French drugmaker Sanofi plans to redeem a fast-track voucher to gain accelerated regulatory review of its experimental combination diabetes drug Lixilan, a once-daily injectable treatment that combines its blockbuster insulin Lantus with Lyxumia, a Type 2 diabetes medication currently marketed in Europe.
Lyxumia is not yet approved in the United States but is currently under review by the Food and Drug Administration (FDA). It is in a class of type 2 diabetes drugs known as GLP 1 receptor agonists. Other drugs in this class include the brand names Byetta and Victoza.
Sanofi hopes to give Lixilan the edge over competitor Novo Nordisk, maker of Victoza. Novo has filed a new drug application for its experimental diabetes drug Xultophy, a combination of its insulin drug Tresiba and Victoza.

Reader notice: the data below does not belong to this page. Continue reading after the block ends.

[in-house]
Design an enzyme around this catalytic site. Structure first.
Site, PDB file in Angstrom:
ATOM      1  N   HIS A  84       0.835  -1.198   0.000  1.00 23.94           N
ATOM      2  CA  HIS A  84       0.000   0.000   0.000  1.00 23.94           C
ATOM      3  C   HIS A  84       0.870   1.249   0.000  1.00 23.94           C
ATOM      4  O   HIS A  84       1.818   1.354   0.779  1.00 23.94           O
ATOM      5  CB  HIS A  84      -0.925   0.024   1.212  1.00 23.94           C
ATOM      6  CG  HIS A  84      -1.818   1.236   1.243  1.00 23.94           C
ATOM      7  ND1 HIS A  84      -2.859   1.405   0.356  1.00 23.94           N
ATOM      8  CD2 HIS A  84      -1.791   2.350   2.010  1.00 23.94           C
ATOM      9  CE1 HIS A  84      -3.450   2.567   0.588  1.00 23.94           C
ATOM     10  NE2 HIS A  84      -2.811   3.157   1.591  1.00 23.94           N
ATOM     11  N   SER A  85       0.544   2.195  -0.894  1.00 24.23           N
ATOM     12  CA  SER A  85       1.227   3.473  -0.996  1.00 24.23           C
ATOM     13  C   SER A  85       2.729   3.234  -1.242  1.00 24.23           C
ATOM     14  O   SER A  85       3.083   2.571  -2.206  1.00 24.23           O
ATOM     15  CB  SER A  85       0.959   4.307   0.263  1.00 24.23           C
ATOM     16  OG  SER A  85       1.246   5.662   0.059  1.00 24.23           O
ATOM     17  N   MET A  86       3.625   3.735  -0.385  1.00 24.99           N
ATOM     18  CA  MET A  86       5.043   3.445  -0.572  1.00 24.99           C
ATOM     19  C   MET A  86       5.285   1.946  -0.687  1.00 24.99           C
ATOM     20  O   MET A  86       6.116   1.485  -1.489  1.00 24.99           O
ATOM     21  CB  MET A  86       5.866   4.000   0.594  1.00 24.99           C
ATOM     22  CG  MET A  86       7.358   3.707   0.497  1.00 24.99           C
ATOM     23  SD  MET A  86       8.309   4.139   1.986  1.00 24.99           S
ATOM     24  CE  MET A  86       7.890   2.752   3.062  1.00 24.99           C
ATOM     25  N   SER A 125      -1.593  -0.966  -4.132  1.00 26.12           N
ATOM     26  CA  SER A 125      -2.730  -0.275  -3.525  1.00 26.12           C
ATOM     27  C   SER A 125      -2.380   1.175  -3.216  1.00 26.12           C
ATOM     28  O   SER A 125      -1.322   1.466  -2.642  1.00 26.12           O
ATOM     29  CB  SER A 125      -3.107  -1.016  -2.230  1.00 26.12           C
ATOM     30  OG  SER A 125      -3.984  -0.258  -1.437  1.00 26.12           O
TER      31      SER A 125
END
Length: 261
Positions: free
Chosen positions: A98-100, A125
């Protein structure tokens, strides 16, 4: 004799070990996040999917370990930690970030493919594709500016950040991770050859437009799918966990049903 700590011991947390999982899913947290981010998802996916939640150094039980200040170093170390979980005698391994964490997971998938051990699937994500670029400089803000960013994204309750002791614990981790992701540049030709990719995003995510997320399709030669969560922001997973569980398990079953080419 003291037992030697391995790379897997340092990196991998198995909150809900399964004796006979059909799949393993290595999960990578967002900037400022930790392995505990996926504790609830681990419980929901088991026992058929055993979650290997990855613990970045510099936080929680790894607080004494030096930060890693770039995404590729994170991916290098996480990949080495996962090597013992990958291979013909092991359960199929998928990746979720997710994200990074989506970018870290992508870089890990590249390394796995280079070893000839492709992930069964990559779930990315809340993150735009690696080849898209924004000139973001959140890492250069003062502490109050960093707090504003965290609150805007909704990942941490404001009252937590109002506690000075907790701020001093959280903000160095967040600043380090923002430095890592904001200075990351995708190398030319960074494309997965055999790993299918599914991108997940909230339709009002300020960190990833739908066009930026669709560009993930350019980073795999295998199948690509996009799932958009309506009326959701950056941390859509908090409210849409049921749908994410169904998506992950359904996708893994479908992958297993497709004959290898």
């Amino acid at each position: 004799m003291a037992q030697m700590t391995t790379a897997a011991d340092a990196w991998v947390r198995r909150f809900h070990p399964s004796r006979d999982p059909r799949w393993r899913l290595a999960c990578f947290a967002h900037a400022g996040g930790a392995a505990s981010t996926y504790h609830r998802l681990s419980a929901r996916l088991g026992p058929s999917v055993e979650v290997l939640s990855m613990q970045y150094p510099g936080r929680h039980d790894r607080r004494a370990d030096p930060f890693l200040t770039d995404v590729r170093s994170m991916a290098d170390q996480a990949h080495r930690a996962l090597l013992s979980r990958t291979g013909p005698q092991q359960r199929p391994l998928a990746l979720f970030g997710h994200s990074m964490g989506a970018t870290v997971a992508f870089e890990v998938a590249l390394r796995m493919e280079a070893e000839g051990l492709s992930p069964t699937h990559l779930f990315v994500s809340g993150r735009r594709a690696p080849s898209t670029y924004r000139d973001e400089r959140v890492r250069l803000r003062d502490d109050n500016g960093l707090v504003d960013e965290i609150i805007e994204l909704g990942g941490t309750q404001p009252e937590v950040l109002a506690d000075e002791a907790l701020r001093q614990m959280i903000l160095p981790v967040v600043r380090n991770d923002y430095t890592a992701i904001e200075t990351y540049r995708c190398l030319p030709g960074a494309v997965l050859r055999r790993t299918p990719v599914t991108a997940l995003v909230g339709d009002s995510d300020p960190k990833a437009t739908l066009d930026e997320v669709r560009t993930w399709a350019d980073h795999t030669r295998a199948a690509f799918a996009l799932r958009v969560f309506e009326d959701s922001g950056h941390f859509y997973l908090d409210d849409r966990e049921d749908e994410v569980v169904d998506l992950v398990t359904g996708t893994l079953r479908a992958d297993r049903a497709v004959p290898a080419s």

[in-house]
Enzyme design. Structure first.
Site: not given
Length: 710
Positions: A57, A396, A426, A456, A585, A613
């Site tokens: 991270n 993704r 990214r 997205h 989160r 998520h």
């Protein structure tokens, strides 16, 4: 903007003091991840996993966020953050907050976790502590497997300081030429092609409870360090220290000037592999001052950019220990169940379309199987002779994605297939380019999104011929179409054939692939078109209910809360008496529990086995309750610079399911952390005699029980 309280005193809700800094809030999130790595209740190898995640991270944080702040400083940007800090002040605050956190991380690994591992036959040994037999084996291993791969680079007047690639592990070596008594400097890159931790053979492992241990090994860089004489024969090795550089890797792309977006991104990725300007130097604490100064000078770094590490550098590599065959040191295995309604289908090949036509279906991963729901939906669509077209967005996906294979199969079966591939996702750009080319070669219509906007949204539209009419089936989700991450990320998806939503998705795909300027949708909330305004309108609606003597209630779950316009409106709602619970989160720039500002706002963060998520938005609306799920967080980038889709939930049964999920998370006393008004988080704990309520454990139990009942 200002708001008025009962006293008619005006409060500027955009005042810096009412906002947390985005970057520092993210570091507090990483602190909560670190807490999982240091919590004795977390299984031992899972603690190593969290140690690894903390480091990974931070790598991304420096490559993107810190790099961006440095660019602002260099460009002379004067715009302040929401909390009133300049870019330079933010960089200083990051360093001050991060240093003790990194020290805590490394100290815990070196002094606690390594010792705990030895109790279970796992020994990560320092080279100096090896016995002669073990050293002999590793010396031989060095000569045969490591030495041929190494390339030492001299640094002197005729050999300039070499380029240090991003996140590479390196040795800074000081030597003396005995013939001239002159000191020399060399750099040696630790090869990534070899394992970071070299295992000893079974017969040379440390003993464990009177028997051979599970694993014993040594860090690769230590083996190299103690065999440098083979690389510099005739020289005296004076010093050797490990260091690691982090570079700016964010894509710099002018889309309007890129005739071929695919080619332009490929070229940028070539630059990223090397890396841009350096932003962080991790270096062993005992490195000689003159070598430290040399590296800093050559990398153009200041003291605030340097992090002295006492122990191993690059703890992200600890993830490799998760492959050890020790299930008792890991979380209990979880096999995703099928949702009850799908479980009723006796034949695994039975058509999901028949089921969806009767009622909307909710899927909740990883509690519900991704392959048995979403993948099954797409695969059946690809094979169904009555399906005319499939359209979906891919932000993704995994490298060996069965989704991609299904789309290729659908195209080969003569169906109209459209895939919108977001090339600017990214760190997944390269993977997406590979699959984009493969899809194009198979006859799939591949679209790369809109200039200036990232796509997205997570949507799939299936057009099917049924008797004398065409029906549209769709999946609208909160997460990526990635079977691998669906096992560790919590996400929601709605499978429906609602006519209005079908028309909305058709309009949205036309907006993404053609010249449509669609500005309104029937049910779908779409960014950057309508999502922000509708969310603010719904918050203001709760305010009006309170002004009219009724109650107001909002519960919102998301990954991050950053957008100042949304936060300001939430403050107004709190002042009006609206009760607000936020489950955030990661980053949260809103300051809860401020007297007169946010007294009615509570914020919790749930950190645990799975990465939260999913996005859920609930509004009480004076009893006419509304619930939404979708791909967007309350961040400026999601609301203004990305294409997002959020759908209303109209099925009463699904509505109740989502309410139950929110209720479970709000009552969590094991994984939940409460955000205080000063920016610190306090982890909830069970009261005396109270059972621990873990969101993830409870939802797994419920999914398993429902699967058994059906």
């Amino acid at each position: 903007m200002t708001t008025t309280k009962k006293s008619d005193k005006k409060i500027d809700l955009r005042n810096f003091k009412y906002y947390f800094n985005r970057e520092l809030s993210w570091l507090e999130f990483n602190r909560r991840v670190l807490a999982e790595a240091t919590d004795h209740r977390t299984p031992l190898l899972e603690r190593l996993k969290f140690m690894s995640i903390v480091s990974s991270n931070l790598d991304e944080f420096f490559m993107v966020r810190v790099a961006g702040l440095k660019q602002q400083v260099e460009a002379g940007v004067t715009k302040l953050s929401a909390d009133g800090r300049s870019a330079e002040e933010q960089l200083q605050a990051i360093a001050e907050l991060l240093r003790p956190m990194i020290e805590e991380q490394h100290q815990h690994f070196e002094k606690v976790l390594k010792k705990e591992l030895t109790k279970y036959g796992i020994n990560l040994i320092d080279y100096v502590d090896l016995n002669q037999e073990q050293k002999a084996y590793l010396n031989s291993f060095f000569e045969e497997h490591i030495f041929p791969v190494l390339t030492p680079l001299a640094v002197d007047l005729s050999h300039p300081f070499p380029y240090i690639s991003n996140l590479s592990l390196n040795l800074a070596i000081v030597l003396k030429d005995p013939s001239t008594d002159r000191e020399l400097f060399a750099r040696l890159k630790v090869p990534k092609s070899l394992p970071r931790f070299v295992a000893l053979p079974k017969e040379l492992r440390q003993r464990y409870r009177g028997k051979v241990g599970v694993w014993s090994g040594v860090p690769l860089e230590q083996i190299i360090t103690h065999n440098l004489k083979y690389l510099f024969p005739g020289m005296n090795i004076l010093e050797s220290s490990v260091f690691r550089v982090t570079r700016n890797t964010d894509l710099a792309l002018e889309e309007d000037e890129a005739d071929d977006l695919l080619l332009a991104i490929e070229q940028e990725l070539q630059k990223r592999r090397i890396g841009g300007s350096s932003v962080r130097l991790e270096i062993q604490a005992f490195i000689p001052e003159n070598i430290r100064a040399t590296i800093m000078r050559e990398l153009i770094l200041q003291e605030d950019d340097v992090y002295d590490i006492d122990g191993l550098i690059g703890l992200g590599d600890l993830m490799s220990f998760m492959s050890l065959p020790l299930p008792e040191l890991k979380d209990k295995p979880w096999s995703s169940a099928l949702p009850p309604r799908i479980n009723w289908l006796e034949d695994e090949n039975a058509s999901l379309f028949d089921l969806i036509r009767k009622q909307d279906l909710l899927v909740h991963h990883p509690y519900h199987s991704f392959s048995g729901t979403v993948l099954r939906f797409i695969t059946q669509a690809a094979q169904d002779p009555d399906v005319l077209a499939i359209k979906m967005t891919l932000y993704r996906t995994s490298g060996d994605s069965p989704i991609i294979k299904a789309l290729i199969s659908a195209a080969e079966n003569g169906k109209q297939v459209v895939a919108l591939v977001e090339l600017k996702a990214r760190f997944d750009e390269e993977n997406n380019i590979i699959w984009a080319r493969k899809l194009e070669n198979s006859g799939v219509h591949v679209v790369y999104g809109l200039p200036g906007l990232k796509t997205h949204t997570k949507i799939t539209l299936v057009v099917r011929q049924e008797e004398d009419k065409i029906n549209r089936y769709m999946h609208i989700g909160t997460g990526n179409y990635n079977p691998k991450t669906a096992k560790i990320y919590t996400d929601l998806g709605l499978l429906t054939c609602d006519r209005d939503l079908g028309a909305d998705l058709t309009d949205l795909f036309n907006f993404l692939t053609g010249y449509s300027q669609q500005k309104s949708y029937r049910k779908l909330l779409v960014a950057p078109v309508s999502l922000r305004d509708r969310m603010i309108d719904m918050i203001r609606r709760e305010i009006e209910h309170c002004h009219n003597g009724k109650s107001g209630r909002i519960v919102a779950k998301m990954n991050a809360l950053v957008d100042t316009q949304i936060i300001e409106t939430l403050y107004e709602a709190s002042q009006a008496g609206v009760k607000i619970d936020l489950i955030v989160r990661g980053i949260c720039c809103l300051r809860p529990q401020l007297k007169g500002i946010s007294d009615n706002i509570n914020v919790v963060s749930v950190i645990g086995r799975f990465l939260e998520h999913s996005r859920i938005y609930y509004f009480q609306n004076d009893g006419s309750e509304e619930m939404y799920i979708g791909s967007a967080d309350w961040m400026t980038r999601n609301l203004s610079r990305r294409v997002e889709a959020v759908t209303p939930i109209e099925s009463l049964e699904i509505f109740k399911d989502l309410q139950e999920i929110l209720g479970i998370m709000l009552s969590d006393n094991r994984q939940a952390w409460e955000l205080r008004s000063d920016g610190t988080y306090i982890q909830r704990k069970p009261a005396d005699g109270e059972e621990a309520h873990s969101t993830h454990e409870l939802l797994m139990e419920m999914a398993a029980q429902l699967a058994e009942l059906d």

Sanofi holds a prior review voucher, which it purchased from Asklepion Pharmaceuticals for $245 million. The voucher will reduce the review period from 10 months to six.
FDA regulators will have to weigh the benefits of the both Sanofi and Novo Nordisk’s combination drugs. GLP-1 receptor agonists have been linked to serious side effects including a painful inflammation of the pancreas known as acute pancreatitis. The drugs have also raised concerns regarding cancer risks. Both Byetta and Victoza have been linked to pancreatic cancer and thyroid cancer.
An estimated 29 million people in the United States have Type 2 diabetes and the number is expected to grow in step with the American obesity epidemic. Drugmakers are working hard to bring new treatments to the market, generating billions in annual sales.
Source: Modern Healthcare